An early Spanish Friar looked eastward toward a distant range of mountains and exclaimed “una gran sierra nevada,” translated to mean a great snow-covered mountain range. Thus, Friar Pedro Font named a truly grand mountain range, the Sierra Nevada Range of California. At the beginning of the 20th century, America was changing and California’s Eastern Sierra was no exception. Moving from an era of exploration and settlement, with the advent of automobiles and more leisure time, people were searching for adventure and recreation opportunities. The Sierra Nevada was the backbone of the state, and many looked toward that high mountain range to explore new adventures.
Horses and mules have been right along with us through this period of transition over 150 years. Having served for thousands of years as the first mode of transportation horses and mules have transitioned to mostly serve recreationists. Mules were the work animals used in: maintaining and building access trails, packing in supplies and camping equipment, and enabling Americans to reach scenic campsites into road-less mountain wonderlands. Packers fine-tuned their packing skills and became guides for visitors, leading adventure-seekers to remote campsites and educating them how to enjoy their extended stay as true mountaineers.
Consequently the packing and outfitting industry was born in the Sierra. As these new businesses grew and prospered into an industry unique to the Sierra Nevada mountains, the Packers’ Association developed. These farsighted men called it the High Sierra Packers’ Association, consisting of two units. These units were; the Western and the Eastern, representing each side of the range. They soon recognized the need to advertise and promote pack trip vacations and opportunities for horseback riding, hiking, camping, fishing, hunting and exploring. Sports shows were created in Southern California and the San Francisco Bay Area to cater and advertise to the emerging recreatiors. Packers and resort owners were at the forefront of this emerging market, manning the informative booths and introducing recreation opportunities to the public.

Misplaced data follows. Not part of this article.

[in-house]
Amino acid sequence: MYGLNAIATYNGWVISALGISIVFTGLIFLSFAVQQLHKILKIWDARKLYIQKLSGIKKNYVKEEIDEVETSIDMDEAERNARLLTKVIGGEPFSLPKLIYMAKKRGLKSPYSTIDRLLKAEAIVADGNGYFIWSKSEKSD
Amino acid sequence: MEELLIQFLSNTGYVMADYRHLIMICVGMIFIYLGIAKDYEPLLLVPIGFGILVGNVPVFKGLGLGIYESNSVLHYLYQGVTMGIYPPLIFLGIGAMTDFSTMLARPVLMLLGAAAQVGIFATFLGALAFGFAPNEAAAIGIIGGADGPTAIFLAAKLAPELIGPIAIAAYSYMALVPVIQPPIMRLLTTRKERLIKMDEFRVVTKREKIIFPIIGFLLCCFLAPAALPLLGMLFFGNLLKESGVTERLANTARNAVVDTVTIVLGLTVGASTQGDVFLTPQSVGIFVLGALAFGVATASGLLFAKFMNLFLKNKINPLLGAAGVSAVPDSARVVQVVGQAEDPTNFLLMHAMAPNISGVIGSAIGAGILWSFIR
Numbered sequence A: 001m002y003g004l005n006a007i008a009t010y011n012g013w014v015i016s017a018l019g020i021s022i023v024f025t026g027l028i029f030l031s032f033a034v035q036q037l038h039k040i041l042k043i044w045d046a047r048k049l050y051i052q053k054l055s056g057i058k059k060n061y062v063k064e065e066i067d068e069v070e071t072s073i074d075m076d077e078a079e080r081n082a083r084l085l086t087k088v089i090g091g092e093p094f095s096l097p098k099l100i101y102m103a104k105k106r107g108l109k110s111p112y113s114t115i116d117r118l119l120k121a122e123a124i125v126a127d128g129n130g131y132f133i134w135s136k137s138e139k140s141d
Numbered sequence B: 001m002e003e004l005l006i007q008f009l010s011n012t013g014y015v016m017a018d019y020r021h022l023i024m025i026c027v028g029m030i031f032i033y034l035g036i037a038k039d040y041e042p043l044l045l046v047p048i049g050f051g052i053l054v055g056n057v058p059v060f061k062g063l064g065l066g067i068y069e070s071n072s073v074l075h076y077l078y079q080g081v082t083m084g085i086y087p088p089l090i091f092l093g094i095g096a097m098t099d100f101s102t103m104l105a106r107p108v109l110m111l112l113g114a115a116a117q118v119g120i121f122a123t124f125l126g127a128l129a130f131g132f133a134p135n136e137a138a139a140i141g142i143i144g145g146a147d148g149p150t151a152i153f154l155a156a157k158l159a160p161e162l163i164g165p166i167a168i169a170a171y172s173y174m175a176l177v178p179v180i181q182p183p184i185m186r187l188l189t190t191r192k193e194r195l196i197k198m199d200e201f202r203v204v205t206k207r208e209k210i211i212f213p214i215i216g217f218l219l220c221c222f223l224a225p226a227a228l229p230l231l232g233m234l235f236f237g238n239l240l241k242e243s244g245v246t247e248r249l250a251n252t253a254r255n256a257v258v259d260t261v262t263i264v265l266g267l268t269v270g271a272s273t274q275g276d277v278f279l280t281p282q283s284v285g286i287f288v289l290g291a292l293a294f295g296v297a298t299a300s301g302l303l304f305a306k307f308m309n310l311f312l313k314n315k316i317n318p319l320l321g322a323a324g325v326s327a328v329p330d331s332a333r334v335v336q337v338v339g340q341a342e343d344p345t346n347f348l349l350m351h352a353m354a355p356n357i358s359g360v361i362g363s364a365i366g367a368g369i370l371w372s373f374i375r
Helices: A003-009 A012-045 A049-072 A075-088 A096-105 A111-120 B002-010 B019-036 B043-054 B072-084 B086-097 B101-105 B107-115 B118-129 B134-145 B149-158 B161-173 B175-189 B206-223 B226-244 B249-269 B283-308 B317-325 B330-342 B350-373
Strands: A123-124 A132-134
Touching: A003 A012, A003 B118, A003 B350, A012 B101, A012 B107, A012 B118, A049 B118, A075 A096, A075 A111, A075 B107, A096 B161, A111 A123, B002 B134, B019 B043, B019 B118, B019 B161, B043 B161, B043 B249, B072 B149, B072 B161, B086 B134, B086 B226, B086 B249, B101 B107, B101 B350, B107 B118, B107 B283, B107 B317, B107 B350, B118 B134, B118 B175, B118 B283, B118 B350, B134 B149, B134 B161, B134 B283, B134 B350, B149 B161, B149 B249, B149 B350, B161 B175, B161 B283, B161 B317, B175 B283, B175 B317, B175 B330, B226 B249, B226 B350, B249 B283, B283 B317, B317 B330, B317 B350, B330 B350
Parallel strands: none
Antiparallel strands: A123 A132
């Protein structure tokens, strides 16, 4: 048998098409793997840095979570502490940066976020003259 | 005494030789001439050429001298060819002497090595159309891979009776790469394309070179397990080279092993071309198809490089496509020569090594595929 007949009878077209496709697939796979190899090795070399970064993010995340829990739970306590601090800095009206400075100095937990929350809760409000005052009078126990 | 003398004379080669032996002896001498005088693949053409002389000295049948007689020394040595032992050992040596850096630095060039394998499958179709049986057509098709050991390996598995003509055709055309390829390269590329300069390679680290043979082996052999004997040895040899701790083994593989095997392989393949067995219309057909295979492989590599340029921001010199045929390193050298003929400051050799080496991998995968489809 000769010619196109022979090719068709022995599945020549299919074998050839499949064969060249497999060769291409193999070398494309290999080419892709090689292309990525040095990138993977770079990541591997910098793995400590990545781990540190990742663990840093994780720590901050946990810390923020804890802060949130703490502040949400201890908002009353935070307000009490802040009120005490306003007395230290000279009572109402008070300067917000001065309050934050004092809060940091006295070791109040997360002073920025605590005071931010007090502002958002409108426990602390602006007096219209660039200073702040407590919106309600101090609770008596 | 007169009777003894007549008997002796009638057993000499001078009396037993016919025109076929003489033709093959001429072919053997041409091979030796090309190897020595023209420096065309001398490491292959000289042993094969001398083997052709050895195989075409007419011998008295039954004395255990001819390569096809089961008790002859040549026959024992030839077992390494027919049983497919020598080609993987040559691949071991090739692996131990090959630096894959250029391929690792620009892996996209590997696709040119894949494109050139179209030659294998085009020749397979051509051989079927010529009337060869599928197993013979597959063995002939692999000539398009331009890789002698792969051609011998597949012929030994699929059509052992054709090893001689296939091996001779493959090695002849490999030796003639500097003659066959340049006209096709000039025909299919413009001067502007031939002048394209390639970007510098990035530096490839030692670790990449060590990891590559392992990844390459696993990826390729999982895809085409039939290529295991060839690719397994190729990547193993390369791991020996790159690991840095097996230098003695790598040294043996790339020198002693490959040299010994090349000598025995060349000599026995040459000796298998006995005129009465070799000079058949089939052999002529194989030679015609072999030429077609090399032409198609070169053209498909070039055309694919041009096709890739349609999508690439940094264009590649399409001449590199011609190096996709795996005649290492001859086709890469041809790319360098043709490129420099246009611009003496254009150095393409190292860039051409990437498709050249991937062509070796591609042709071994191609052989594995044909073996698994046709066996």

In 1969 an especially heavy winter kept mountain trails blocked by snow late into the season. This limited recreation opportunities. The local packers and the Forest Service Trail Supervisor discussed business remedies. They wondered if they could create a spring event focusing on packing competitions in Bishop. These intrepid Founders of Mule Days wanted to create an activity that would show the value and versatility of mules. They envisioned an event that could bring visitors from afar to Bishop to celebrate the hardworking, humble mule. In May of 1970, they launched the first Mule Day as one-day event. Suceed they did, and Mule Days has grown to six days of shows and the largest non-motorized parade in the country. Mule Days has been successful beyond their dreams and we honor their vision.
With that same spirit, the American Mule Museum seeks to carry forth that tradition by paying tribute to mules. These are the reliable mules who built the West, carried us to the tops of mountains, and entertain us. They inspire our cheers every Memorial Day weekend – the sturdy American Mule.
Join us as we carry this vision a step further into the future. Check out our website for updates and sign up for our newsletters! www.mulemuseum.org While at Mule Days, be sure to visit our Annual Silent Auction in the Douglas Robinson Building, Wednesday, May 22nd – Sunday, May 26th, 1 p.m.
By Jennifer Roeser
American Mule Museum: Telling the story of How the West Was Built – One Mule at a Time
|American Mule Museum|